Year of Firsts

The first year of loss is a special year. I once went to a yoga and grief workshop. The yoga instructor (also a grief counselor) said that there is a reason why they don’t recommend you make big, important decisions for that first year after you have suffered a great loss, be it from a death, divorce, etc., because there are measurable changes in how your brain works.

So, in the Year of Firsts…

  • Thanksgiving, check
  • Christmas, check

Lot’s of daily things to get through, but I guess the next big holiday will be Mother’s Day…

Your Year of Firsts:


My Mom

Thursday night, Mom had changed. Her breathing was more difficult, her respiratory rate increased, and she physically looked more gone than here. I asked that the doctor-ordered PRN morphine be given regularly to keep her comfortable.

Friday, 8:50 am, my mom was set free. She leaves a huge hole in my heart, I am lost, but so relieved that she is no longer suffering. It’s over.

I Love You Mom.


One of my jobs, whenever either of my parents go into the hospital/SNF, is to make sure the meds don’t do more harm than good.

My mom, used to get delirium during hospital visits, and in SNFs (or at home) she can get agitated. Lately, which seems different than about 5 years ago, they are really quick to use chemical restraints. This is one reason why I say, if I ever land in these places, with these doctors, just kill me and put me out of my misery, because I know I won’t have an advocate, the way I’ve had to advocate for my mom.

The blood pressure medicine amlodipine gave her rashes, leg swelling, and I found her comatose and unable to move after they increased her dosage – big improvement overall when it was stopped. Chlonidine for her high blood pressure, gave her awful hallucinations. In both cases, we weren’t believed that it was the medication, but we were at home, so we were able to stop them on our own.

At the last facility, they gave her haldol. She first lost words – what came out of her mouth was gibberish, not recognizable as words. Things like stroke were considered. When I found her comatose on her bed and unable to move, I knew it was, once again, the meds. At a facility, it’s harder to convince them – they are so attached to these meds.

When she first arrived here at this facility, she had periods of agitation. They wanted to try a mood stabalizer (valproic acid) since she seemed to react to other meds. I didn’t want to okay it, but I wanted my mom to be able to be cared for and she seemed calmer and talkative with it. But I could tell it was too high a dose, since there was some of that gibberish speech, and suddenly a switch flipped, where she would go away for the rest of the visit, and hallucinated, and it was odd. I insisted the dosage be halved, and that seemed to be better.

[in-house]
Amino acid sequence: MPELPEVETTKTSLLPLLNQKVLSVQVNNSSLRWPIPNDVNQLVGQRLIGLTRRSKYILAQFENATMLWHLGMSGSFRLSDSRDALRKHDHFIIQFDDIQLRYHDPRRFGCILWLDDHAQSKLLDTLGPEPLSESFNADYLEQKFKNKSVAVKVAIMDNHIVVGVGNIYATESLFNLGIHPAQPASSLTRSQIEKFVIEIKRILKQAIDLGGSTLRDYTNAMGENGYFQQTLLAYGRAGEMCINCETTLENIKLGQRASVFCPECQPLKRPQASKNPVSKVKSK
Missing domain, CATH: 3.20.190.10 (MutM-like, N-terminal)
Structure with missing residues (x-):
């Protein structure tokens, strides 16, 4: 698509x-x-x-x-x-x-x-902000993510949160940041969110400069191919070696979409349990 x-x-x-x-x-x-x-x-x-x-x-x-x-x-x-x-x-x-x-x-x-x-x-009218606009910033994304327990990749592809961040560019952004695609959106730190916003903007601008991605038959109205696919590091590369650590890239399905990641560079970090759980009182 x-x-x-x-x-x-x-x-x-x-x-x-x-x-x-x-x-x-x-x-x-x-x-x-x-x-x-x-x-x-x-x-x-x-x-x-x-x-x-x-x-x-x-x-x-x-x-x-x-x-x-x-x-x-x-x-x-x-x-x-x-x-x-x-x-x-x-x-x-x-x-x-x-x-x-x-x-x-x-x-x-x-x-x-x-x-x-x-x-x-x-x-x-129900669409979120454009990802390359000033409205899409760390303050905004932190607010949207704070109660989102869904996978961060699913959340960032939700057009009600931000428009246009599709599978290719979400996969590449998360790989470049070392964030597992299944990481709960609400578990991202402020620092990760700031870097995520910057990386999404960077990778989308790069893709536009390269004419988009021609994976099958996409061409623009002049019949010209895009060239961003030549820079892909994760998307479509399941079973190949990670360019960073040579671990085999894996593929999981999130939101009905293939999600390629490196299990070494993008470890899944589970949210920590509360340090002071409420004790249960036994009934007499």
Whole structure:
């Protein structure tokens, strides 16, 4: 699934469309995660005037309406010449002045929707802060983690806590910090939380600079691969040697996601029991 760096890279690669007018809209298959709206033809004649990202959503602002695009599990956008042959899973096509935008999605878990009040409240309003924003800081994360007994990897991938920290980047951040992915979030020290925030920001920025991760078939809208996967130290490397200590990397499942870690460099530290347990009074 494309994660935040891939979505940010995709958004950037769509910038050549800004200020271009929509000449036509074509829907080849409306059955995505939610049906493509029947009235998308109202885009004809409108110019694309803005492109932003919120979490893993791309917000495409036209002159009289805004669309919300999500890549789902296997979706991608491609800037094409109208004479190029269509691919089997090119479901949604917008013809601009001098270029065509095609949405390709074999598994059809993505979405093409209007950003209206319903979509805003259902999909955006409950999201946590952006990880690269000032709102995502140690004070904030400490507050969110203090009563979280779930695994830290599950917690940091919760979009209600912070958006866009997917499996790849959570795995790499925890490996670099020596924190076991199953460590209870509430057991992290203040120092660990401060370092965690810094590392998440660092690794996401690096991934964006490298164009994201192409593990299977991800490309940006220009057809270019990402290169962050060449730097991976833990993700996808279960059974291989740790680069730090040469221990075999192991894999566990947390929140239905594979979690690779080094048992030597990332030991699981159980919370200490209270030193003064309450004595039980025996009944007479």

Three days ago, something similar happened. My sister and I were having a fairly good visit with her, even though often it was dementia speak. Then it all changed and something new happened. She had these seizure like episodes, with leg paddling and strange body sensations that scared her, and strange change in who she was at that time. They were combined with severe and frightening hallucinations – bats and bugs on the ceiling coming at her – like a really bad trip. She would start to calm, and then another one would happen.

These continued into the next day, the seizures at least. I had them discontinue the valproic acid (depakote) the previous night, but really wasn’t sure. Oddly enough, the night before all this started, I had awoken and out of the blue told myself that her meds were not right for her – that inner voice has never been wrong.

I really wasn’t sure, in spite of my commitment to follow that inner voice. When I expressed my concern to the hospice administrator that this was caused by a med side effect, she disagreed with me, and said he felt they hadn’t been aggressive enough with the medication. It’s really hard, when you’re in the middle of all this, trying to follow what you feel is best, and you have to fight for everything, including the appreciation that mom *does not* handle meds well. And you’re really not sure what the right decision is.

Hospice and my sister left the decision to me, about the meds. Against hospice’s better judgment, I discontinued the valproic acid permanently. I okayed Ativan as needed for seizure control (they tell me it works very well for seizures), and we all agreed on the morphine for comfort.

That was all yesterday. She hasn’t needed any ativan because she hasn’t had that seizure like activity any more, from what they told me. My dad prevented her from having any morphine today, but she had some when I got here.

I am beginning to more confidently think that the valproic acid caused her seizures. I will feel bad for a long time for initially okaying that medicine – I knew better, and it robbed us of some time with her. There is also a possibility that the medication sped this process along, encouraging her UTI, and maybe advancing the overall degeneration, which, in some sense, is what she has wanted all along.

These drugs, I really hate them. I hate that my mom was drugged in those last days that she had awake, with a drug that was bad for her. This is one regret I will have to come to terms with, but I think I will ultimately be okay with this. I hope she will tolerate the morphine, that it won’t make her feel a way she wouldn’t want to feel.

Prognosis, part II

This morning we were given the prognosis of hours to days, but we are back to evaluating day by day, with a prognosis of days. The hospice team will be visiting Mom in the facility each morning to evaluate.

I am trying to wade through this experience with as few regrets as possible, and there will be time to work through those later.